In frequently-asked-questions guidance issued Dec. 10, CMS told states they
will not receive enhanced federal funding if they decide to only expand Medicaid
partially, rather than up to 133 percent of the federal poverty level as called
for under ACA (see previous article).
Holtz-Eakin suggested states could bargain with HHS to “run their own-style
exchanges,” in exchange for fully expanding Medicaid. Otherwise, he said, “they
can say no, and the administration doesn't get their Medicaid expansion.”
A free market exchange is a conservative idea that should be embraced by
conservative states, Holtz-Eakin said. “If they don't seize this opportunity, it
goes past,” he said, and “a very conservative idea, exchanges, ends up being
lost in the regulatory overkill of the Affordable Care Act.”
Sarah Dash, research faculty and project director at Georgetown University's
Health Policy Institute, told BNA that many states may set up state-based
exchanges after 2014. “It takes a while to do the planning and preparation to
set up a state-based exchange,” she said.
Some states “were going to do it right from the get-go and really started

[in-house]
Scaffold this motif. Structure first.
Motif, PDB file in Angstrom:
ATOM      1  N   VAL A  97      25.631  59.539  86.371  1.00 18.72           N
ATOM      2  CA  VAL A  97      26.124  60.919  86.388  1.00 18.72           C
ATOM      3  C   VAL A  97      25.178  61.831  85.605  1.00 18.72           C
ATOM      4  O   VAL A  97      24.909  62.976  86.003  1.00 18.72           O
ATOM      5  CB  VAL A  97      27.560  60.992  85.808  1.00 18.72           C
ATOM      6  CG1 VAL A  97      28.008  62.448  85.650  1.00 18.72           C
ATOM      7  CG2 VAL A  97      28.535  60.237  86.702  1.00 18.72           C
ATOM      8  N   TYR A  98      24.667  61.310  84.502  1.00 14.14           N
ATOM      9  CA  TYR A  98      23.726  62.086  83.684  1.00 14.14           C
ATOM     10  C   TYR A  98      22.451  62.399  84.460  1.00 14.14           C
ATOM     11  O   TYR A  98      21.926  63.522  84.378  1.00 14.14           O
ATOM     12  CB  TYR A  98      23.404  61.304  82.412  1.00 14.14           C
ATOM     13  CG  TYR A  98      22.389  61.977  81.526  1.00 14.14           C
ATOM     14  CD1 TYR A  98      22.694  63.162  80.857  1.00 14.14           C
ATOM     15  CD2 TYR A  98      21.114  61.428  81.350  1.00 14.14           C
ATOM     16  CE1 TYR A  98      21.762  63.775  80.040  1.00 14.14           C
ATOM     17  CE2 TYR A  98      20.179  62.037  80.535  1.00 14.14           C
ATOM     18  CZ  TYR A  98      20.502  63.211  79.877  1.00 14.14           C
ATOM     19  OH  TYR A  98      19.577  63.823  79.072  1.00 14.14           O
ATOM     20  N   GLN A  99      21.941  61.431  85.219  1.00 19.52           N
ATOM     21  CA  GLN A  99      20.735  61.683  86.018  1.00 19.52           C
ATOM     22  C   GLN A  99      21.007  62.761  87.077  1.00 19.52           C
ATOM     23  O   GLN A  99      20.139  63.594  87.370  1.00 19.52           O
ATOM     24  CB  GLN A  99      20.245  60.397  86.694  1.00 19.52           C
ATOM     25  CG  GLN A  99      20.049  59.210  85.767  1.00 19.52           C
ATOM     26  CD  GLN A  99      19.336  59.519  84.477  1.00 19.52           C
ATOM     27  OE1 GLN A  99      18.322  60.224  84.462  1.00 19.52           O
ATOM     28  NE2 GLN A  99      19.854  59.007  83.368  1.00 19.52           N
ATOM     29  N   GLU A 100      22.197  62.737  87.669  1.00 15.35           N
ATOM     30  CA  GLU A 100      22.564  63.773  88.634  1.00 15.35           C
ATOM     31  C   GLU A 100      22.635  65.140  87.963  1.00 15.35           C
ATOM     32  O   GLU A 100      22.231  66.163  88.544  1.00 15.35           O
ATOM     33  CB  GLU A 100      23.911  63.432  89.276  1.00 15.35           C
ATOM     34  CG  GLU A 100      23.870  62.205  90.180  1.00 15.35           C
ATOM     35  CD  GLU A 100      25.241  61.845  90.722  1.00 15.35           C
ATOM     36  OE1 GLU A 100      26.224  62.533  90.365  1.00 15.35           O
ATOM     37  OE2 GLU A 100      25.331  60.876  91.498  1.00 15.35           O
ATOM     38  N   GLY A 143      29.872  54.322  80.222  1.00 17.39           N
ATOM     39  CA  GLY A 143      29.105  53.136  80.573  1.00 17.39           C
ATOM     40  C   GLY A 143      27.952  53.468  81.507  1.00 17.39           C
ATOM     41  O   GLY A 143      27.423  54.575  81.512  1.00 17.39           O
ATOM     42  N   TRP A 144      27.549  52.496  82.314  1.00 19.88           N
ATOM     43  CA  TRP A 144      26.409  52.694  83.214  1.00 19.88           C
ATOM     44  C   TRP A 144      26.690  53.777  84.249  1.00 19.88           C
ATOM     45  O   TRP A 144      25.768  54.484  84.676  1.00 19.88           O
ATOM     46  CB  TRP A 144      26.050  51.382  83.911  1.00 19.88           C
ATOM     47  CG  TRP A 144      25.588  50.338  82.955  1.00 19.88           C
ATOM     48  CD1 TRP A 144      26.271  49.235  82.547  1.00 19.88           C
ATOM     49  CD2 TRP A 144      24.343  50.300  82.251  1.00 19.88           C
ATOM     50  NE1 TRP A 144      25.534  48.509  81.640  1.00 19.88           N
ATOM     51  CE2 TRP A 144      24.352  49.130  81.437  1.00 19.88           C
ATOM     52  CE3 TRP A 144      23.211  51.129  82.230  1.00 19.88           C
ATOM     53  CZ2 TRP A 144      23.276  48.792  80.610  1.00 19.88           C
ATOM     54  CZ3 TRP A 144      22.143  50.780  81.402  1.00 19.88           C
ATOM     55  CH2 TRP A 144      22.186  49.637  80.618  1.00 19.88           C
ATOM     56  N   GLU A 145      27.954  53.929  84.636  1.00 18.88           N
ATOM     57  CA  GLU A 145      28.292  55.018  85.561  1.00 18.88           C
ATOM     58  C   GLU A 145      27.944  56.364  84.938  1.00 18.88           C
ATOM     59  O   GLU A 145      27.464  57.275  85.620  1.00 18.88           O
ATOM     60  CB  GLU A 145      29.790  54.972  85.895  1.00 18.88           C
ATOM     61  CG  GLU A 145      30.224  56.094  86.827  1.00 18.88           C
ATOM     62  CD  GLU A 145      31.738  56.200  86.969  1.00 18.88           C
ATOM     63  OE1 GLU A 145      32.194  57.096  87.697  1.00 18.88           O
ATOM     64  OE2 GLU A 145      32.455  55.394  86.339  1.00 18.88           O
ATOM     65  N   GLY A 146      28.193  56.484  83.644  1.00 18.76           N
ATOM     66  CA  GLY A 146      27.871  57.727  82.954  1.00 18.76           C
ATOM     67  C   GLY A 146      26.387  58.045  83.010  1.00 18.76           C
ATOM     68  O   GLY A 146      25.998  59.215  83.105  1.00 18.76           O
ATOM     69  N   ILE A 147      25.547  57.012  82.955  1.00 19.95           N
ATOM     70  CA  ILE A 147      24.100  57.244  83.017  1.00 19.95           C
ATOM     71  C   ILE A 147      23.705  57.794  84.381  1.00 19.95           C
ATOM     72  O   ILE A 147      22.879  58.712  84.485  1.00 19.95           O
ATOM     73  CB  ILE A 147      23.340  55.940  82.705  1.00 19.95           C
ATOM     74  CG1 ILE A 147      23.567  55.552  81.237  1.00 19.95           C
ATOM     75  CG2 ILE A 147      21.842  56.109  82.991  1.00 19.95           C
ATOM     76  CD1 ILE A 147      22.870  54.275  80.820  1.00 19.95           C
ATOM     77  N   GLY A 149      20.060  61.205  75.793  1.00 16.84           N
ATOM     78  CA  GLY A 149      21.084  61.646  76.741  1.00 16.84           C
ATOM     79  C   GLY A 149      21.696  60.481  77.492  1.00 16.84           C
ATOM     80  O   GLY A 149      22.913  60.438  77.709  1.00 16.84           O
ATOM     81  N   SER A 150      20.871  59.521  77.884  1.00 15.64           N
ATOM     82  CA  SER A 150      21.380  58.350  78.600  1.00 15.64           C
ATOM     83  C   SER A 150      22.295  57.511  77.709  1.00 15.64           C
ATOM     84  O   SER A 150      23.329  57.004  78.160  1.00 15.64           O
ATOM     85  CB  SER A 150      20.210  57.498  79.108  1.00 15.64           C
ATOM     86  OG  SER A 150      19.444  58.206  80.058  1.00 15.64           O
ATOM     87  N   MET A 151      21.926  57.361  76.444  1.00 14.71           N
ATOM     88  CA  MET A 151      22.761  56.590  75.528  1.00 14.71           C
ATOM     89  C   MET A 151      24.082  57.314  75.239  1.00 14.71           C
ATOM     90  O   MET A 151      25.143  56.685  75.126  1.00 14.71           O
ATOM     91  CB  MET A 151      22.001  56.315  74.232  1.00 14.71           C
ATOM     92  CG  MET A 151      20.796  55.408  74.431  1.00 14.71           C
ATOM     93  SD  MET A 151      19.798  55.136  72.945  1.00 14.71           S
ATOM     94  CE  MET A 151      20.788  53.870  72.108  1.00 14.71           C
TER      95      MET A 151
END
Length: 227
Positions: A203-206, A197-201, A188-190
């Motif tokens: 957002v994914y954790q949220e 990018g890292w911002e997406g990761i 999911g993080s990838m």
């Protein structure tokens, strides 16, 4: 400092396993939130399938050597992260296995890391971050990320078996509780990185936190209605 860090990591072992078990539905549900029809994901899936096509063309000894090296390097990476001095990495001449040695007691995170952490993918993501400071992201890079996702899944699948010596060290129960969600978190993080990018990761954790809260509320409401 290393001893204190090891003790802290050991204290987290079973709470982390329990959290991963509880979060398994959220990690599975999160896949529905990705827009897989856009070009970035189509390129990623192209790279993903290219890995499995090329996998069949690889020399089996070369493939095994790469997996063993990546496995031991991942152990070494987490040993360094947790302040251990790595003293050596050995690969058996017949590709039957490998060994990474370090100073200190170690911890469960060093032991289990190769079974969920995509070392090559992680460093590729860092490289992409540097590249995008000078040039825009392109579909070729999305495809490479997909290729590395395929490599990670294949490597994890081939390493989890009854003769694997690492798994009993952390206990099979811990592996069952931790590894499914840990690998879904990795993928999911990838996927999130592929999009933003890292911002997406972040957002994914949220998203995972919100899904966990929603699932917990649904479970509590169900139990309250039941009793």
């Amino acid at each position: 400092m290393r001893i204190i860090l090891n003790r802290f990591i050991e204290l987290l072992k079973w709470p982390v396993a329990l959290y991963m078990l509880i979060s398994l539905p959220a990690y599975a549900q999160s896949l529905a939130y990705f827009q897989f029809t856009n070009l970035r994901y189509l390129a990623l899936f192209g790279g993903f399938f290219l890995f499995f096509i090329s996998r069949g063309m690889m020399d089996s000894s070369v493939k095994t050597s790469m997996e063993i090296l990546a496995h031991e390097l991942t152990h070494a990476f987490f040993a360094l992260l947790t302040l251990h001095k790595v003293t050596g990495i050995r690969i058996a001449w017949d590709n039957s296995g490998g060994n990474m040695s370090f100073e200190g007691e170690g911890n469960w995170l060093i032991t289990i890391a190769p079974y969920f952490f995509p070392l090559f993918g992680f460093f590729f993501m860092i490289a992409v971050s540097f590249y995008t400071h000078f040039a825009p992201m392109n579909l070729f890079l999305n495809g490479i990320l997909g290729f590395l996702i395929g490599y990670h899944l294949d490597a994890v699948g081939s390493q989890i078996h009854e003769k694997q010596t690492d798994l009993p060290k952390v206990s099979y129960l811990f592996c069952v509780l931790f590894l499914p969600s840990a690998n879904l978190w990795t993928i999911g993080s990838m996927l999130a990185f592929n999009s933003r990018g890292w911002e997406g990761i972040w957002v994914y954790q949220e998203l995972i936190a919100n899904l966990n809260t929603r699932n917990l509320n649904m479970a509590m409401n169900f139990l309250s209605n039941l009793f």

their planning,” she said. Other states, such as Illinois and Kansas, had
administrations or insurance commissioners that wanted to set up SBEs or
partnership exchanges, but they were unable to win approval from their
legislatures or governors, she said.
Other states waited for the U.S. Supreme Court to rule on the law in June or
for the result of the presidential election in November, and now it is too late
to create an SBE in time for plans to take effect in 2014, Dash said.
Many states complained that HHS took too long to release regulatory
information, especially on the FFEs, Dash noted. “There's probably a decent
amount of leeway there” for states that have moved to create SBEs in terms of
regulatory flexibility from HHS, she said.
The number of states likely to operate SPEs or have FFEs is not yet clear. On
progress map, as of Dec. 17, health care consulting firm Avalere Health LLC